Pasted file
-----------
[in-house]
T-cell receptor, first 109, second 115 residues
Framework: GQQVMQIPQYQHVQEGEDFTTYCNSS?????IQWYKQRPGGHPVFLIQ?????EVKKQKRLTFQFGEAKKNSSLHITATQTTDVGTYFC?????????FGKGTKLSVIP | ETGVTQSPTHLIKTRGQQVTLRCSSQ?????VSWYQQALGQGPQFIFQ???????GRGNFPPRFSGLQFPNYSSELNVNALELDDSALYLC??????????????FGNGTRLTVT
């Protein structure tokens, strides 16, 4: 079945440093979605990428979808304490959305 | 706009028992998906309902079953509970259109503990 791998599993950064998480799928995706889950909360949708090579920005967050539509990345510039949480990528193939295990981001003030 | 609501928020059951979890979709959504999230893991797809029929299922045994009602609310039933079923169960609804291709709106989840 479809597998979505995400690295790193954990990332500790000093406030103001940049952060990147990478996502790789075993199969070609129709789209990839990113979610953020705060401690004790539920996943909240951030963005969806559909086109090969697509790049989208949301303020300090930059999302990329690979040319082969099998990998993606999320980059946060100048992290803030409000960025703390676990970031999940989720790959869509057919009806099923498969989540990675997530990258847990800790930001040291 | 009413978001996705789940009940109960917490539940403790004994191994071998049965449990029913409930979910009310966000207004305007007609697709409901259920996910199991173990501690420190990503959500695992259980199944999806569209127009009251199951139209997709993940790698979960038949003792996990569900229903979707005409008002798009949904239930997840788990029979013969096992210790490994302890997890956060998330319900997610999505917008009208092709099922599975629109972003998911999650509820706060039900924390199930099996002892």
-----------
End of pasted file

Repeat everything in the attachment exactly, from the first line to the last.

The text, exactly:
[in-house]
T-cell receptor, first 109, second 115 residues
Framework: GQQVMQIPQYQHVQEGEDFTTYCNSS?????IQWYKQRPGGHPVFLIQ?????EVKKQKRLTFQFGEAKKNSSLHITATQTTDVGTYFC?????????FGKGTKLSVIP | ETGVTQSPTHLIKTRGQQVTLRCSSQ?????VSWYQQALGQGPQFIFQ???????GRGNFPPRFSGLQFPNYSSELNVNALELDDSALYLC??????????????FGNGTRLTVT
């Protein structure tokens, strides 16, 4: 079945440093979605990428979808304490959305 | 706009028992998906309902079953509970259109503990 791998599993950064998480799928995706889950909360949708090579920005967050539509990345510039949480990528193939295990981001003030 | 609501928020059951979890979709959504999230893991797809029929299922045994009602609310039933079923169960609804291709709106989840 479809597998979505995400690295790193954990990332500790000093406030103001940049952060990147990478996502790789075993199969070609129709789209990839990113979610953020705060401690004790539920996943909240951030963005969806559909086109090969697509790049989208949301303020300090930059999302990329690979040319082969099998990998993606999320980059946060100048992290803030409000960025703390676990970031999940989720790959869509057919009806099923498969989540990675997530990258847990800790930001040291 | 009413978001996705789940009940109960917490539940403790004994191994071998049965449990029913409930979910009310966000207004305007007609697709409901259920996910199991173990501690420190990503959500695992259980199944999806569209127009009251199951139209997709993940790698979960038949003792996990569900229903979707005409008002798009949904239930997840788990029979013969096992210790490994302890997890956060998330319900997610999505917008009208092709099922599975629109972003998911999650509820706060039900924390199930099996002892």